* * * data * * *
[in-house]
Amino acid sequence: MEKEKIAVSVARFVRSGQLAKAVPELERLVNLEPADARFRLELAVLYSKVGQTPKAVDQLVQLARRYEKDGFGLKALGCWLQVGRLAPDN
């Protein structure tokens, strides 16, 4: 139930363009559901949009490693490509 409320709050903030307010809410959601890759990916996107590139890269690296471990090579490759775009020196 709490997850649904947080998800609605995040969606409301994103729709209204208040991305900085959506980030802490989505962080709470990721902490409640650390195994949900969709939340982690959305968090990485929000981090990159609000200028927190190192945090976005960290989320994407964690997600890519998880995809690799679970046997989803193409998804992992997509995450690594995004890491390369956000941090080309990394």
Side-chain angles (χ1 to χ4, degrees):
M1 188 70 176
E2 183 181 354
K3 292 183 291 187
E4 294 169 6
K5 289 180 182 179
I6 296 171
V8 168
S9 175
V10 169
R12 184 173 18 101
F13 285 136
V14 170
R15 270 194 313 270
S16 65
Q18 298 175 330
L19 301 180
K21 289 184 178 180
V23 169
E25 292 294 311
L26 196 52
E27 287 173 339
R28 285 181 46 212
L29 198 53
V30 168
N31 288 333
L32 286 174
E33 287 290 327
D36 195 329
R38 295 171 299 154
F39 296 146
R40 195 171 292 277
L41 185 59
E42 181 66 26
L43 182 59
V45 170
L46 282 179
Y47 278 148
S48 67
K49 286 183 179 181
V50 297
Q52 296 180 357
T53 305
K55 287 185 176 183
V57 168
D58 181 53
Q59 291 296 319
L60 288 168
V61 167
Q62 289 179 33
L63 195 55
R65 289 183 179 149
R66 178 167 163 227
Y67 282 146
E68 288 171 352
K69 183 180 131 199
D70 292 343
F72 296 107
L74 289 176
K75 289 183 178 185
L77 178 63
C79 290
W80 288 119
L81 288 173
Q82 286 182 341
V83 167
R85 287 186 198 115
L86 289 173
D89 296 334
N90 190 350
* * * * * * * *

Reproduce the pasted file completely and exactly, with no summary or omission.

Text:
[in-house]
Amino acid sequence: MEKEKIAVSVARFVRSGQLAKAVPELERLVNLEPADARFRLELAVLYSKVGQTPKAVDQLVQLARRYEKDGFGLKALGCWLQVGRLAPDN
């Protein structure tokens, strides 16, 4: 139930363009559901949009490693490509 409320709050903030307010809410959601890759990916996107590139890269690296471990090579490759775009020196 709490997850649904947080998800609605995040969606409301994103729709209204208040991305900085959506980030802490989505962080709470990721902490409640650390195994949900969709939340982690959305968090990485929000981090990159609000200028927190190192945090976005960290989320994407964690997600890519998880995809690799679970046997989803193409998804992992997509995450690594995004890491390369956000941090080309990394």
Side-chain angles (χ1 to χ4, degrees):
M1 188 70 176
E2 183 181 354
K3 292 183 291 187
E4 294 169 6
K5 289 180 182 179
I6 296 171
V8 168
S9 175
V10 169
R12 184 173 18 101
F13 285 136
V14 170
R15 270 194 313 270
S16 65
Q18 298 175 330
L19 301 180
K21 289 184 178 180
V23 169
E25 292 294 311
L26 196 52
E27 287 173 339
R28 285 181 46 212
L29 198 53
V30 168
N31 288 333
L32 286 174
E33 287 290 327
D36 195 329
R38 295 171 299 154
F39 296 146
R40 195 171 292 277
L41 185 59
E42 181 66 26
L43 182 59
V45 170
L46 282 179
Y47 278 148
S48 67
K49 286 183 179 181
V50 297
Q52 296 180 357
T53 305
K55 287 185 176 183
V57 168
D58 181 53
Q59 291 296 319
L60 288 168
V61 167
Q62 289 179 33
L63 195 55
R65 289 183 179 149
R66 178 167 163 227
Y67 282 146
E68 288 171 352
K69 183 180 131 199
D70 292 343
F72 296 107
L74 289 176
K75 289 183 178 185
L77 178 63
C79 290
W80 288 119
L81 288 173
Q82 286 182 341
V83 167
R85 287 186 198 115
L86 289 173
D89 296 334
N90 190 350